To me, there's nothing like feeling the sun on your skin. It's like you can feel the Vitamin D soaking in, bringing you back to life after a long winter (in the Midwest, we certainly had a tough one). While dermatologists may not want us to get too many rays, the sun's energy is vital to not only our physical health, but, I firmly believe, to our creative health as well. Once the temperatures reach the 70s, I'm ready to get outside, and stay outside.
|Fiber art by Heather Stemas|
Heather Stemas is an artist who knows how to harness the power of UV rays to create fabric art that's sun-kissed. In the Cloth Paper Scissors article "Sol Squares" (featured in the July/August 2014 issue), she explains how to use simple materials to create designs on cyanotype fabric, with results that are worthy of becoming a handmade gift.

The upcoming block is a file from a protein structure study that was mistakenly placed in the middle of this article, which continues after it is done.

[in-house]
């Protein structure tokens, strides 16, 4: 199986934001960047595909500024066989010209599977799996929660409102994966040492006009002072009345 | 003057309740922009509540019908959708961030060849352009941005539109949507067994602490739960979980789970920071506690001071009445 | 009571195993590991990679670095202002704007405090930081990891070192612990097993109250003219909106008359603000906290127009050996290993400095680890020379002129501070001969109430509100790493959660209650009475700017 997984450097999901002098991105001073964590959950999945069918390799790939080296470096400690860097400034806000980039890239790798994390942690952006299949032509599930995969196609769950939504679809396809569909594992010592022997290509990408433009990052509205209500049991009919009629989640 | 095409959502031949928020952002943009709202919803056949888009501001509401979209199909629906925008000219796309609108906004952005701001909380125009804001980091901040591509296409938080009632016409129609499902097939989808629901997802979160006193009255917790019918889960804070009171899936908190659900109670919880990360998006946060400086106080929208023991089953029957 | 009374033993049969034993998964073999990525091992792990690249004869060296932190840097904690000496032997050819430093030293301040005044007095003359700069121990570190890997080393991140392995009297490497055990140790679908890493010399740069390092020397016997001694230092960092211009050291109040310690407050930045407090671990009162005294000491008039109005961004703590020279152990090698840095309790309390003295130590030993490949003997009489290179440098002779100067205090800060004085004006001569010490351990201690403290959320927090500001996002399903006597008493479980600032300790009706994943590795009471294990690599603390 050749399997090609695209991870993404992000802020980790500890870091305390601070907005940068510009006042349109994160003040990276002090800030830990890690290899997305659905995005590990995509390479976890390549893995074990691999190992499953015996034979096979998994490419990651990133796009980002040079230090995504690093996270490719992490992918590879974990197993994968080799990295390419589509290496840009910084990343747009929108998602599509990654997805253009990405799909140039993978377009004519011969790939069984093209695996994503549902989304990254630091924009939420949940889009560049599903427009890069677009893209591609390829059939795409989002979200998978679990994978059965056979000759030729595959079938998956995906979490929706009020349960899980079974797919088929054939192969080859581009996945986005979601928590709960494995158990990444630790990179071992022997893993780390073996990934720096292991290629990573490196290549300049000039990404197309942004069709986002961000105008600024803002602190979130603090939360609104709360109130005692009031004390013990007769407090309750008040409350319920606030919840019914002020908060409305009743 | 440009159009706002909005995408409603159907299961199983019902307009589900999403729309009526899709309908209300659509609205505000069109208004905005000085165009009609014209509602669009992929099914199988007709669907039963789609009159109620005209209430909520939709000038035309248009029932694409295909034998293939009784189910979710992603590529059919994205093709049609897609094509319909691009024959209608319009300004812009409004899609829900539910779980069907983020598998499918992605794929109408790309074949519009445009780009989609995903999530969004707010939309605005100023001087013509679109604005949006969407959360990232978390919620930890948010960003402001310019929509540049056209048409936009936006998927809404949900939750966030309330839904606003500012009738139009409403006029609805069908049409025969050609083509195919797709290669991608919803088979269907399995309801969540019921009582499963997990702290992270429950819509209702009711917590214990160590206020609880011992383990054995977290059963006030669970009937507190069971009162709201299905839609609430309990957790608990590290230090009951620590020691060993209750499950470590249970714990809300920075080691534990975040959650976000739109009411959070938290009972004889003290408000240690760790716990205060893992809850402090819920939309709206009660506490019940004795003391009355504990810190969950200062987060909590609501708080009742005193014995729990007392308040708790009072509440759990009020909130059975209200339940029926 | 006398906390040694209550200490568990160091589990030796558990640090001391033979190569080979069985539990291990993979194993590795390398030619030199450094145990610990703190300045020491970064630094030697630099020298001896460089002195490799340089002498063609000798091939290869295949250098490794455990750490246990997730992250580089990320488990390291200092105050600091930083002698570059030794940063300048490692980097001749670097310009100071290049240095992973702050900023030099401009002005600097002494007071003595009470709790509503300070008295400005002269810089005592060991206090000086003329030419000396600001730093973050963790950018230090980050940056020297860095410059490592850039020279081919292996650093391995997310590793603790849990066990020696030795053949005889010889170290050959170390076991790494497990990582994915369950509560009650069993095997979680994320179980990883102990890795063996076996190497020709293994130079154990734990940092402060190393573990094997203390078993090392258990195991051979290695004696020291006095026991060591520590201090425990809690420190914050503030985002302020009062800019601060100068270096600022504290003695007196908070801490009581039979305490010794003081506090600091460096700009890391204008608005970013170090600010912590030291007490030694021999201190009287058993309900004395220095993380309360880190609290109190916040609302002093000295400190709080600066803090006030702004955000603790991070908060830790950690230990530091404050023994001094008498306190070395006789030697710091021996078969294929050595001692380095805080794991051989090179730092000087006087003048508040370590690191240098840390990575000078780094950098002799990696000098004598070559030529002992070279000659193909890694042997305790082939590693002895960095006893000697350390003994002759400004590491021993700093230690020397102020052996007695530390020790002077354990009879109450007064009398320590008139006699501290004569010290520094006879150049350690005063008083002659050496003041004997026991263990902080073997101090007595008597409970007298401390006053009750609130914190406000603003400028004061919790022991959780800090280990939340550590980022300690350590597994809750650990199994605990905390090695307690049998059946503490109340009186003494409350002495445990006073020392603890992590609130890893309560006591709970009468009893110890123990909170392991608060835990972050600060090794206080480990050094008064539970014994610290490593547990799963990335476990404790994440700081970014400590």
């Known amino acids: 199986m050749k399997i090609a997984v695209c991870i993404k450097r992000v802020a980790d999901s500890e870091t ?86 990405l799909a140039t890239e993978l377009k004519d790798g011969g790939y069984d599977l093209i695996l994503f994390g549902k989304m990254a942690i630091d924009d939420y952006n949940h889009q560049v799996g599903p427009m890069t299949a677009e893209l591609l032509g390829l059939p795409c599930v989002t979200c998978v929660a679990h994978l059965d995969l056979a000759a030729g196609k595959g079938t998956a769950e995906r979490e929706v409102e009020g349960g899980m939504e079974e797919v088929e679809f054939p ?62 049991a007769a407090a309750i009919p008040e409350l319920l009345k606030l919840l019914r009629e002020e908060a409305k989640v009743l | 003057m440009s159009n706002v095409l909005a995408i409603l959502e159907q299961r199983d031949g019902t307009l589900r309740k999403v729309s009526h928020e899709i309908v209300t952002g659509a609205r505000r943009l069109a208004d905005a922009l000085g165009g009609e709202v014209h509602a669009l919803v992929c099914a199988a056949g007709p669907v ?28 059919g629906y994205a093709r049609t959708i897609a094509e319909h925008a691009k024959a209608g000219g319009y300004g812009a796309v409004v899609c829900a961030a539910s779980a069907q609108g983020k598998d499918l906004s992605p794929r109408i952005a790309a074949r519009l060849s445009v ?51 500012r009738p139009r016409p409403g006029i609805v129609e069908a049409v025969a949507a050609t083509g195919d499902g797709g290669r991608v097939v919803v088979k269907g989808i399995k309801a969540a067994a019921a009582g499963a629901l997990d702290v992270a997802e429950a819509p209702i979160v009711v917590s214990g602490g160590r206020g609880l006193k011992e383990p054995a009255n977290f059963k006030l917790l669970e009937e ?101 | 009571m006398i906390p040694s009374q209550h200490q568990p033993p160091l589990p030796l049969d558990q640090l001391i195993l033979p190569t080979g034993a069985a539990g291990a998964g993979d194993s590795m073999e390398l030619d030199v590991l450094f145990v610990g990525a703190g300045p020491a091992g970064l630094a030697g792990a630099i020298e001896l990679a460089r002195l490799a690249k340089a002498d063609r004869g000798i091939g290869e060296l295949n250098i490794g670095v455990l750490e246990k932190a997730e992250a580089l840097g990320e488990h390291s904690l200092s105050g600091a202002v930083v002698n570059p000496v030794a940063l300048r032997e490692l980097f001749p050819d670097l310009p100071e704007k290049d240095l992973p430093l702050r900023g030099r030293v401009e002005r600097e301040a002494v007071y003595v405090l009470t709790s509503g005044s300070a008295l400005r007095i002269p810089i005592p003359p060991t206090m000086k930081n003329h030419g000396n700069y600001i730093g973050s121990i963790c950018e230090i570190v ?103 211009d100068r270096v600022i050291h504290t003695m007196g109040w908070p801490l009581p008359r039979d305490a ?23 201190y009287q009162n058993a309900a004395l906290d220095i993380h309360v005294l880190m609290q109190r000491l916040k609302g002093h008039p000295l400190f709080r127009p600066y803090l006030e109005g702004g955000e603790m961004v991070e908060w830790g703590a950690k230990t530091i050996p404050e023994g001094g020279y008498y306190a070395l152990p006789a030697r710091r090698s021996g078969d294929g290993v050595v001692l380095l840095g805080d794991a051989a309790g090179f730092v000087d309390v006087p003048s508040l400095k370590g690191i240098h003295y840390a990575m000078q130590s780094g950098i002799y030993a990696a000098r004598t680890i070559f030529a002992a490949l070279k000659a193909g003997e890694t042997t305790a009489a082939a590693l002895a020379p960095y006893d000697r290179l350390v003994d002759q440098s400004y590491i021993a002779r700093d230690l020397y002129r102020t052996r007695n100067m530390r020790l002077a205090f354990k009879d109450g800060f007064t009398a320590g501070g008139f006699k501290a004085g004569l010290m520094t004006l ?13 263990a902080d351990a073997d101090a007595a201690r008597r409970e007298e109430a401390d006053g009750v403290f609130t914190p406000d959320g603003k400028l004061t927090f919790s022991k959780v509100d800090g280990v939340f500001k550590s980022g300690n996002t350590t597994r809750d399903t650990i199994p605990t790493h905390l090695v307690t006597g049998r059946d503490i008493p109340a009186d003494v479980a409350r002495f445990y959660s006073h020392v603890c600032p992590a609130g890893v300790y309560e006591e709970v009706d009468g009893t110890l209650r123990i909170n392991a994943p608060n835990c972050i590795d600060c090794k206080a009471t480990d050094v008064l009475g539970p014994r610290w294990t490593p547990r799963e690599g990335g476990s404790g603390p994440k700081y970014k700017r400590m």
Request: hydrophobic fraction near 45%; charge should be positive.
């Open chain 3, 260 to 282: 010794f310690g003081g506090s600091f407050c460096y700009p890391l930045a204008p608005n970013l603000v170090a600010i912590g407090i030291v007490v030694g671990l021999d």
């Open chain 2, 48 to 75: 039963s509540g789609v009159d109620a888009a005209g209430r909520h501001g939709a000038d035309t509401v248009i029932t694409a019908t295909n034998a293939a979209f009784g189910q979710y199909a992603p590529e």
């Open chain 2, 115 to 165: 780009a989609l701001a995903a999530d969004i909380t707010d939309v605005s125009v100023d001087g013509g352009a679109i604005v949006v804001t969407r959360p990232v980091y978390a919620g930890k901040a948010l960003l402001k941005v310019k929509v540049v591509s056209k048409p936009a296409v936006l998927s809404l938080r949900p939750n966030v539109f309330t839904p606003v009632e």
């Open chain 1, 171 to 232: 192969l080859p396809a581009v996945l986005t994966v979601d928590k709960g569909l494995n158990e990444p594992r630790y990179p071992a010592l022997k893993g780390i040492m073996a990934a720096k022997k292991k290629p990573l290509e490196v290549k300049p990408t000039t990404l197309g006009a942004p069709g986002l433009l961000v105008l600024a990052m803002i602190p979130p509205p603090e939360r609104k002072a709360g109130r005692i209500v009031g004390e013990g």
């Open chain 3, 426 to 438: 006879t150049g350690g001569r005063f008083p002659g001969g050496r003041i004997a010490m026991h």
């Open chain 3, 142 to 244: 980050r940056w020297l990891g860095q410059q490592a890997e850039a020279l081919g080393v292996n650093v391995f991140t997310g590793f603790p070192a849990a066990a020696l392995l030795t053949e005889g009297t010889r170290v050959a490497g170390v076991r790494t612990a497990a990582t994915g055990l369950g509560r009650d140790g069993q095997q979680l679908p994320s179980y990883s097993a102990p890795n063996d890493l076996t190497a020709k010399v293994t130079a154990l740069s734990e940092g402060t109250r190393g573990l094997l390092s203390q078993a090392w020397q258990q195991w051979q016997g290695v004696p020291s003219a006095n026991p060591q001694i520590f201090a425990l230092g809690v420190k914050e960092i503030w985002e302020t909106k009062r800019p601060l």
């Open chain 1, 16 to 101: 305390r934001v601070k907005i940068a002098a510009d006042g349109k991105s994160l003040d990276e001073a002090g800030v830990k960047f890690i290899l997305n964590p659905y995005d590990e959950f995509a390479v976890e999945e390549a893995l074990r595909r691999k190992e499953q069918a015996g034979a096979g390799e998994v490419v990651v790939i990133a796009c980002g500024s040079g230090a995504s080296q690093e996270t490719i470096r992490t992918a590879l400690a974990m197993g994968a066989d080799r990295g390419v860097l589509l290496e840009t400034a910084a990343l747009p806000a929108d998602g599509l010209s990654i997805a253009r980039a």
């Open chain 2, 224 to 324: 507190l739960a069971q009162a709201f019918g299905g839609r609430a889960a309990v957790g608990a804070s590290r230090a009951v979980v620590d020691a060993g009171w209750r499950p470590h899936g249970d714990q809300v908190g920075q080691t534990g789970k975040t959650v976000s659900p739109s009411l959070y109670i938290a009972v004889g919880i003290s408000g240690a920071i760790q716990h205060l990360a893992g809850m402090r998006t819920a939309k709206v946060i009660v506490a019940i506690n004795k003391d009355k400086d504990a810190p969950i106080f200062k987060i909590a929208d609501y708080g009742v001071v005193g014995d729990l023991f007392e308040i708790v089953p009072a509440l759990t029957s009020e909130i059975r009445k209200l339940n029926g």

Basically, here's how it works:
"Almost anything can be used to create an image on this fabric," Stemas says. "Whatever is opaque will block the UV light and create a ‘negative' or light image, and the part of the fabric that's exposed to UV light will remain ‘dark' (the original color of the fabric)."
It's such a simple concept: Harness the sun to create a negative image. Of course, there's a little more to it than that, as Stemas explains in her step-by-step article, along with some helpful tips.
This has me thinking … last year I had an urge to make prayer flags, and I still have a couple of yards of fabric left over. I think it would be cool to try this fiber art project with the cyanotype squares, and then sew these printed pieces over slightly larger squares of my plain fabric, creating a border around the designs.
What would you make with sun-printed fabric?
Your sun-loving friend,